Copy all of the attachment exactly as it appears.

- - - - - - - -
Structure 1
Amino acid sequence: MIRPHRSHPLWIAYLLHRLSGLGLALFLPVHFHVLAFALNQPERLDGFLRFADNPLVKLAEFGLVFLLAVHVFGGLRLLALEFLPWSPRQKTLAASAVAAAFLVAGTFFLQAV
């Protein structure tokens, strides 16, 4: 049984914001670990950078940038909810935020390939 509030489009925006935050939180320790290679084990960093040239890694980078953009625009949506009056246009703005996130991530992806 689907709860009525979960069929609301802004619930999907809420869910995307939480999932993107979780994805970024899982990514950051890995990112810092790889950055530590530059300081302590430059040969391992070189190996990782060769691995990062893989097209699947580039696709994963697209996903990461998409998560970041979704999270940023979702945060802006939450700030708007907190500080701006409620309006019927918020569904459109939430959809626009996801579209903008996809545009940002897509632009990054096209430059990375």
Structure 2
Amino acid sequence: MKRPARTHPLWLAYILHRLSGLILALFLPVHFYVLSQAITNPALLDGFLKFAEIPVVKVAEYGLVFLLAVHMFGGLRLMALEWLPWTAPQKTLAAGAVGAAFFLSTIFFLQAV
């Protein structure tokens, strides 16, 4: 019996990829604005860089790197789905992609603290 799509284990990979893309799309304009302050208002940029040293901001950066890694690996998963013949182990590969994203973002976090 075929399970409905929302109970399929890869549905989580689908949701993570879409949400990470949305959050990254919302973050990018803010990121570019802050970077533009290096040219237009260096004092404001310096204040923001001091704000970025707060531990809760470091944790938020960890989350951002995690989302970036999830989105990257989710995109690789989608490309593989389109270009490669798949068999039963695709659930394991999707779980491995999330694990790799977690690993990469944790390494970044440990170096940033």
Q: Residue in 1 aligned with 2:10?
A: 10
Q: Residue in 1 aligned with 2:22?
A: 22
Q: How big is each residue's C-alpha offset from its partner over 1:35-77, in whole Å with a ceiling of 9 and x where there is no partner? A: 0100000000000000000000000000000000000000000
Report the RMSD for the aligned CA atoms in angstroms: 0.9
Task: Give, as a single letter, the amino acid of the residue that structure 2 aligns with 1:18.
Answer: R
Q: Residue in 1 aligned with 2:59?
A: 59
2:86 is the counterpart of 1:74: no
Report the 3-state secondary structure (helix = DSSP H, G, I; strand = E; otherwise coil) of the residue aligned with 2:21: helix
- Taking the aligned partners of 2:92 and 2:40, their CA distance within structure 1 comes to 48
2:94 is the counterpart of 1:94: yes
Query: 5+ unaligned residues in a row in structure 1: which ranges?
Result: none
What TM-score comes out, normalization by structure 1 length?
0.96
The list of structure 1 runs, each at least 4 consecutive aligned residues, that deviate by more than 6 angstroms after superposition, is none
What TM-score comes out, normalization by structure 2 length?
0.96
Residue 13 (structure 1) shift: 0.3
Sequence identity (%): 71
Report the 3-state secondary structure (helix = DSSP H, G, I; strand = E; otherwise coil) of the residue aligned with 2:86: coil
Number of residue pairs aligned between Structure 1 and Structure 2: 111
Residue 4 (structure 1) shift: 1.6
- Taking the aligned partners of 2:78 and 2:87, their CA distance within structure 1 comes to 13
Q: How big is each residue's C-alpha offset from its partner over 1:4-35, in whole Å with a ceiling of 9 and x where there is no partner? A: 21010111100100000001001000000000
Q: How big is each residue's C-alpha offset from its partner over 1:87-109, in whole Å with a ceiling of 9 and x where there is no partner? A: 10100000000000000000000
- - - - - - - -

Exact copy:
Structure 1
Amino acid sequence: MIRPHRSHPLWIAYLLHRLSGLGLALFLPVHFHVLAFALNQPERLDGFLRFADNPLVKLAEFGLVFLLAVHVFGGLRLLALEFLPWSPRQKTLAASAVAAAFLVAGTFFLQAV
């Protein structure tokens, strides 16, 4: 049984914001670990950078940038909810935020390939 509030489009925006935050939180320790290679084990960093040239890694980078953009625009949506009056246009703005996130991530992806 689907709860009525979960069929609301802004619930999907809420869910995307939480999932993107979780994805970024899982990514950051890995990112810092790889950055530590530059300081302590430059040969391992070189190996990782060769691995990062893989097209699947580039696709994963697209996903990461998409998560970041979704999270940023979702945060802006939450700030708007907190500080701006409620309006019927918020569904459109939430959809626009996801579209903008996809545009940002897509632009990054096209430059990375």
Structure 2
Amino acid sequence: MKRPARTHPLWLAYILHRLSGLILALFLPVHFYVLSQAITNPALLDGFLKFAEIPVVKVAEYGLVFLLAVHMFGGLRLMALEWLPWTAPQKTLAAGAVGAAFFLSTIFFLQAV
């Protein structure tokens, strides 16, 4: 019996990829604005860089790197789905992609603290 799509284990990979893309799309304009302050208002940029040293901001950066890694690996998963013949182990590969994203973002976090 075929399970409905929302109970399929890869549905989580689908949701993570879409949400990470949305959050990254919302973050990018803010990121570019802050970077533009290096040219237009260096004092404001310096204040923001001091704000970025707060531990809760470091944790938020960890989350951002995690989302970036999830989105990257989710995109690789989608490309593989389109270009490669798949068999039963695709659930394991999707779980491995999330694990790799977690690993990469944790390494970044440990170096940033």
Q: Residue in 1 aligned with 2:10?
A: 10
Q: Residue in 1 aligned with 2:22?
A: 22
Q: How big is each residue's C-alpha offset from its partner over 1:35-77, in whole Å with a ceiling of 9 and x where there is no partner? A: 0100000000000000000000000000000000000000000
Report the RMSD for the aligned CA atoms in angstroms: 0.9
Task: Give, as a single letter, the amino acid of the residue that structure 2 aligns with 1:18.
Answer: R
Q: Residue in 1 aligned with 2:59?
A: 59
2:86 is the counterpart of 1:74: no
Report the 3-state secondary structure (helix = DSSP H, G, I; strand = E; otherwise coil) of the residue aligned with 2:21: helix
- Taking the aligned partners of 2:92 and 2:40, their CA distance within structure 1 comes to 48
2:94 is the counterpart of 1:94: yes
Query: 5+ unaligned residues in a row in structure 1: which ranges?
Result: none
What TM-score comes out, normalization by structure 1 length?
0.96
The list of structure 1 runs, each at least 4 consecutive aligned residues, that deviate by more than 6 angstroms after superposition, is none
What TM-score comes out, normalization by structure 2 length?
0.96
Residue 13 (structure 1) shift: 0.3
Sequence identity (%): 71
Report the 3-state secondary structure (helix = DSSP H, G, I; strand = E; otherwise coil) of the residue aligned with 2:86: coil
Number of residue pairs aligned between Structure 1 and Structure 2: 111
Residue 4 (structure 1) shift: 1.6
- Taking the aligned partners of 2:78 and 2:87, their CA distance within structure 1 comes to 13
Q: How big is each residue's C-alpha offset from its partner over 1:4-35, in whole Å with a ceiling of 9 and x where there is no partner? A: 21010111100100000001001000000000
Q: How big is each residue's C-alpha offset from its partner over 1:87-109, in whole Å with a ceiling of 9 and x where there is no partner? A: 10100000000000000000000